(March 9, 2010) Frank Longo, MD, PhD, George and Lucy Becker Professor, discusses the intricacy human mind and how different types of memory and memory loss function. Stanford Mini Med School is a series arranged and directed by Stanford's School of Medicine, and presented by the Stanford Continuing Studies program. Stanford University: http://www.stanford.edu/ Stanford School of Medicine: http://med.stanford.edu/ Stanford Continuing Studies: http://continuingstudies.stanford.edu Stanford University Channel on YouTube: http://www.youtube.com/stanford
If you were blinded at a young age and you were offered a chance, four decades later, to try a risky operation that 'might' restore some of your sight, would you do it? That was the dilemma facing blind downhill skiing legend Mike May who, as with most other things in his life, decided to go for it. This assistive technology pioneer speaks via Skype with Laura Meddens, Founder and Chairman of The Laura And Wagner Foundation, about the issues he weighed and how he is doing now, ten years after the surgery. We apologize for the poor quality of the Skype video connection, but we feel the important points that Mike makes outweigh the technical issues. To learn more about Mike's incredible life, please visit http://wellness.lauraandwagner.com/Music-Quotes-Videos.html . Produced by The Laura And Wagner Foundation as part of its ABLED initiative promote positive recognition of ABLED achievers and to make it easier for persons with sensory, physical, and learning disabilities to use technology for improved learning, employment, mobility and daily living opportunities.
May 5, 2010) Robert Sapolsky explores behavioral patterns of human reproduction. He focuses on proximal and distal motivations, orgasm and fertility facilitation, non-reproductive sex, hormonal and cerebral sexual functions, and the differences and similarities between humans and animals in various physiological realms. Stanford University: http://www.stanford.edu/ Stanford Department of Biology: http://biology.stanford.edu/ Stanford University Channel on YouTube: http://www.youtube.com/stanford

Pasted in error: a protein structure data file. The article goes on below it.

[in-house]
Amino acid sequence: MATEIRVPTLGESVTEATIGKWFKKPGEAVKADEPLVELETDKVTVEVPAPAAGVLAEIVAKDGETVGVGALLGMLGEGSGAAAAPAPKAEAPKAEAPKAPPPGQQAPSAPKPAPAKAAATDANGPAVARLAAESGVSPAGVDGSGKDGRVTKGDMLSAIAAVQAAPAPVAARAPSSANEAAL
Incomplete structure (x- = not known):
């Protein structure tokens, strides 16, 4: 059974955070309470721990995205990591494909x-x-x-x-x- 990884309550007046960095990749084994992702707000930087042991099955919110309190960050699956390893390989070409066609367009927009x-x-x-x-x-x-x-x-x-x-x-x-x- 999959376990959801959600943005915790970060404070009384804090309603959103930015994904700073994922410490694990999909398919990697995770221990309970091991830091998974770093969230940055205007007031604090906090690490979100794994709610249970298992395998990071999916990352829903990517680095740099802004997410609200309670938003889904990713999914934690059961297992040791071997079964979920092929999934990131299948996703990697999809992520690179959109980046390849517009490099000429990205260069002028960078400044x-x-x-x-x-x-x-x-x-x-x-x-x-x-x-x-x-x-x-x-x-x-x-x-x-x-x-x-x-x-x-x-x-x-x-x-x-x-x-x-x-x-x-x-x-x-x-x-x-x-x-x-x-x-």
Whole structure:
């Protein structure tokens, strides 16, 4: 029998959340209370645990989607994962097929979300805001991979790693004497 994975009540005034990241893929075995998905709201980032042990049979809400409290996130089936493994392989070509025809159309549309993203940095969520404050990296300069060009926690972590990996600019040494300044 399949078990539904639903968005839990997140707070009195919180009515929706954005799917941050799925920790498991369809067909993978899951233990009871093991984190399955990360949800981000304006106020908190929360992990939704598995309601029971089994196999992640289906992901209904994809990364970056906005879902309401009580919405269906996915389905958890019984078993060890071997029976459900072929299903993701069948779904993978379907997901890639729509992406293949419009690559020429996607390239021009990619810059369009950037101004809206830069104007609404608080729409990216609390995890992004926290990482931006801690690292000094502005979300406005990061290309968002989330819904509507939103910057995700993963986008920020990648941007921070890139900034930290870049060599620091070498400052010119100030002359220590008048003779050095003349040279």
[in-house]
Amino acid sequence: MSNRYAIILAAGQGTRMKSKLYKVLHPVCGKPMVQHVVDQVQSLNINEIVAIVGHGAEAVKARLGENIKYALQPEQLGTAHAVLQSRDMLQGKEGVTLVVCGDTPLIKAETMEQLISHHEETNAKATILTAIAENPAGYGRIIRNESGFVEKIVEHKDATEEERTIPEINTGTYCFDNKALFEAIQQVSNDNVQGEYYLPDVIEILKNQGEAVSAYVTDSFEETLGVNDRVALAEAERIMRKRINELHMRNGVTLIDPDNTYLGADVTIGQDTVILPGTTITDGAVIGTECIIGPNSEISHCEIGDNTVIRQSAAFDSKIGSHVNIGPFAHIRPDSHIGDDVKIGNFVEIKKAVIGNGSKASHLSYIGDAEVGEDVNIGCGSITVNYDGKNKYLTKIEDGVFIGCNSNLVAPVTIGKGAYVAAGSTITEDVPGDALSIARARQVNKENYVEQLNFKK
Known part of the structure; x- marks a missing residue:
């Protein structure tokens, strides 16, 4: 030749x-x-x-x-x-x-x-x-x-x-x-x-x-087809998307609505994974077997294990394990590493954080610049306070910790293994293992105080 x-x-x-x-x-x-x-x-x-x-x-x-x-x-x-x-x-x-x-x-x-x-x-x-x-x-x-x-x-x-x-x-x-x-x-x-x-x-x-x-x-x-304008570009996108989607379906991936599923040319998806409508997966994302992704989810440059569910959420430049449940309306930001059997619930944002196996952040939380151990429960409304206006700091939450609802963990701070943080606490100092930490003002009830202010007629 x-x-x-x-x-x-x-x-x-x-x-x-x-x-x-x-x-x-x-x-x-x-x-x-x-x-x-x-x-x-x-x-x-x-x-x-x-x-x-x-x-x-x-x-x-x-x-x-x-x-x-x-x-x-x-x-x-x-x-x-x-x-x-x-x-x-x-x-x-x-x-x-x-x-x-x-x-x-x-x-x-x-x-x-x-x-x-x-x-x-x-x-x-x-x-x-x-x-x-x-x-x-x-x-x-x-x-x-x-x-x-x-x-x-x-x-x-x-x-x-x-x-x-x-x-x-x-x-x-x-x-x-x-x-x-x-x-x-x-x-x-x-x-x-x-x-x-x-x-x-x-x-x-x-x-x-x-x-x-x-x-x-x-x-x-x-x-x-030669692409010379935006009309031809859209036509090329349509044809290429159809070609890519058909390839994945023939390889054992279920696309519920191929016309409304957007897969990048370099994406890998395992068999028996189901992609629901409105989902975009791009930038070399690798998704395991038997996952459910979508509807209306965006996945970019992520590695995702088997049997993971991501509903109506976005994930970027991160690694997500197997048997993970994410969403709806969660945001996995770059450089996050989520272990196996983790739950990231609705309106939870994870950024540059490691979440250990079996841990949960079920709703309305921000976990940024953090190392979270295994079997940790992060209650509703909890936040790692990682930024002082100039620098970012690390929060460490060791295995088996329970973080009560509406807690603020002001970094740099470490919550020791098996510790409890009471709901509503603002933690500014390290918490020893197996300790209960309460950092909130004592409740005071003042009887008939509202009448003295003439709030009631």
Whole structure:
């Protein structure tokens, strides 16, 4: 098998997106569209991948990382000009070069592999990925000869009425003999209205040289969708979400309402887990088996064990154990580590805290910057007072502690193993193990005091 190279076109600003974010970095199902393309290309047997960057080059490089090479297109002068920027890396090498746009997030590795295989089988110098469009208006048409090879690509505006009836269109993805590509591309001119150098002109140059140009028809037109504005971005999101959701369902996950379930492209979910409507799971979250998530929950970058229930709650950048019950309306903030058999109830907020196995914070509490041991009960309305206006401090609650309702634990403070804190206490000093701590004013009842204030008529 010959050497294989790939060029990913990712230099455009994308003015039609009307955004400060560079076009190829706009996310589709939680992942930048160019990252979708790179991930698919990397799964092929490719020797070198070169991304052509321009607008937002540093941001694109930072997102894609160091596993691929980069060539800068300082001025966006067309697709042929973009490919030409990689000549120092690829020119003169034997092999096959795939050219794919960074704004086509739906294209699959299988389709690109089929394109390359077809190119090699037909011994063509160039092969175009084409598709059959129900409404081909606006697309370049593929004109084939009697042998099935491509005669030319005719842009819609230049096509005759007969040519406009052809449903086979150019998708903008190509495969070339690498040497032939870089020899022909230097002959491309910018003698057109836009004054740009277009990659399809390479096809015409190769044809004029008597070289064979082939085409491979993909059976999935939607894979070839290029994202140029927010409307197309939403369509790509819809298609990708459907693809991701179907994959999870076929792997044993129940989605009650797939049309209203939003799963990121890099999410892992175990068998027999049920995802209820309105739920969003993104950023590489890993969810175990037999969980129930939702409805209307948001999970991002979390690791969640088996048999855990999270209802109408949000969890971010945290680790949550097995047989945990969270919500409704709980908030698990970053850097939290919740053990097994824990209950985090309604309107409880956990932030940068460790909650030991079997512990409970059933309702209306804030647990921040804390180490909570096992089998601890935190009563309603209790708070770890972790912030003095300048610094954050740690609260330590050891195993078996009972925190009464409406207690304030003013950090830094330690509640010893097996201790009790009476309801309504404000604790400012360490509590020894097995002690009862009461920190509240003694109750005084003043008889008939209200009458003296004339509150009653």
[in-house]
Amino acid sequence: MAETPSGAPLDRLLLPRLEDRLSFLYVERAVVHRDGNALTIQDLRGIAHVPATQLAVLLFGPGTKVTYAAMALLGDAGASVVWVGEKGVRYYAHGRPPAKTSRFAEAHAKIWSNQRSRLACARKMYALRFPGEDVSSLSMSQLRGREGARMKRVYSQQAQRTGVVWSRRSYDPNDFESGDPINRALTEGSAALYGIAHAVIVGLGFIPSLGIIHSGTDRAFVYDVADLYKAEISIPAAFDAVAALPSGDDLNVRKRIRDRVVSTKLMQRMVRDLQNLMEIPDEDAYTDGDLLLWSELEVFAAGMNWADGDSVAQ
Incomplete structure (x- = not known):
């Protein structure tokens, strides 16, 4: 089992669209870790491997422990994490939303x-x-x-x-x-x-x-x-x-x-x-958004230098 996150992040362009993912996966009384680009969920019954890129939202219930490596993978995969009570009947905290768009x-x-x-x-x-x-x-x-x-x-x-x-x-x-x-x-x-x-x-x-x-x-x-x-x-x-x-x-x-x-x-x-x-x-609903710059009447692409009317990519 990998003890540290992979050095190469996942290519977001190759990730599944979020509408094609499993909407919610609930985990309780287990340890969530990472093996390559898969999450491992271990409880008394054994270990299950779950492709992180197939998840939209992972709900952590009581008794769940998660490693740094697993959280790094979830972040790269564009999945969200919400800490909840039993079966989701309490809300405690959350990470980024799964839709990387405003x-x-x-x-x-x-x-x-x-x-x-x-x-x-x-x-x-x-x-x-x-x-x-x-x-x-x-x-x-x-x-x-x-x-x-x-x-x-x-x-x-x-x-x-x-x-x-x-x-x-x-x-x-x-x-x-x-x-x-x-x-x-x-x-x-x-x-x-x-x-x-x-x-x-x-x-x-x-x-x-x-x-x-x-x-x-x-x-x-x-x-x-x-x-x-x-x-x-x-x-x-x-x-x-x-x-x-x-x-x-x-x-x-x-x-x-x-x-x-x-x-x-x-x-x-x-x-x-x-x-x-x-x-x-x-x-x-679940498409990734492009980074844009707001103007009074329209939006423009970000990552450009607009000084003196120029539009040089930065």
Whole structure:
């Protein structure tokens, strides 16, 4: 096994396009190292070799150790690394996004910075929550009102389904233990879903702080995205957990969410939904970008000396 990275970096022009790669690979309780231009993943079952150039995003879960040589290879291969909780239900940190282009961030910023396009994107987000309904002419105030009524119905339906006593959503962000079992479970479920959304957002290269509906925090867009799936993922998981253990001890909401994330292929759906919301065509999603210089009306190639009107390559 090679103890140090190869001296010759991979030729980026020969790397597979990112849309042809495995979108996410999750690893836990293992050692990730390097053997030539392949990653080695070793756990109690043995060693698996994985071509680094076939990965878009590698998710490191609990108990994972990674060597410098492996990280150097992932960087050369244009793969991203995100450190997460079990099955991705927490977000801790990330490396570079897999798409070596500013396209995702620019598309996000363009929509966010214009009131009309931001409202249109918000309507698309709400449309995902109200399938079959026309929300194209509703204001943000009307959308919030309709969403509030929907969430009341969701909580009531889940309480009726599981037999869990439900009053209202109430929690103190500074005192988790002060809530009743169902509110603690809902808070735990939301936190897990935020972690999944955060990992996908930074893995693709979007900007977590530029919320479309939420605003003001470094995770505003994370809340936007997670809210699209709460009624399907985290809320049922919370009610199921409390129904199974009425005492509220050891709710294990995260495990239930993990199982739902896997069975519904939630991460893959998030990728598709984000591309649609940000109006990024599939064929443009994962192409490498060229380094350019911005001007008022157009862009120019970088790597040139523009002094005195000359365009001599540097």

As part of the Laura And Wagner Foundation's "Disabled Attitudes" Special Reports, Laura Meddens interviews Mike May via Skype. Mike was blinded by a chemical explosion at the age of 3, but went on to become a record setting Paralympic downhill skiing champion. A few years ago, much of Mike's vision was restored via a stem cell transplant. You can read more about Mike at http://www.SenderoGroup.com, where he is the President of the company that develops assistive devices for the blind and visually-impaired. Along with his friend Stevie Wonder, Mike has been a very vocal proponent of improving accessibility to technology for the disabled. Mike tells Laura that, even after all this time, the disabling comments of others can still be quite hurtful and that he also fees we still have much to do to improve attitudes towards the disabled. You can learn more about the series and the work of The Laura And Wagner Foundation at http://www.LauraAndWagner.com
SUBSCRIBE: http://goo.gl/YJUxOx ------ Tommy Edison, who has been blind since birth, talks about describing colors to blind people. 2nd Channel: http://www.youtube.com/blindfilmcritic Twitter: http://twitter.com/blindfilmcritic Facebook: http://facebook.com/tommyedison Instagram: http://instagram.com/blindfilmcritic Tumblr: http://blindfilmcritic.tumblr.com Website: http://tommyedison.com Captions provided by Bill Creswell http://billcreswell.wordpress.com Directed & Edited by Ben Churchill http://www.youtube.com/user/RadioTripPictures
Thursday @ 20.50 CET See this sneak peek of Plastic Fantastic Brain, in this episode Rojesh Malik who has been blind from birth tries a new piece of technology which allows him to see images from vibrations stimulated from his tongue. Is this cool or not let us know with a comment below. Subscribe: youtube.com/user/yourdiscoveryscience?sub_confirmation=1 Like us: Facebook.com/yourdiscoveryscience
The human brain contains over 100 billion neurons, and roughly 1 quintillion synapses. But how did it all get started? How did the first nervous systems, the first brains evolve? How did a bunch of simple cells evolve into a biological computer? To download this video copyright free please go to: http://www.mediafire.com/?ywmgt2zzymj If you wish to translate the subtitles you can download them from: http://www.mediafire.com/?tiwjdrdjrm4 Then send me a link to them and I'll add them to the video. And remember to always Think about it.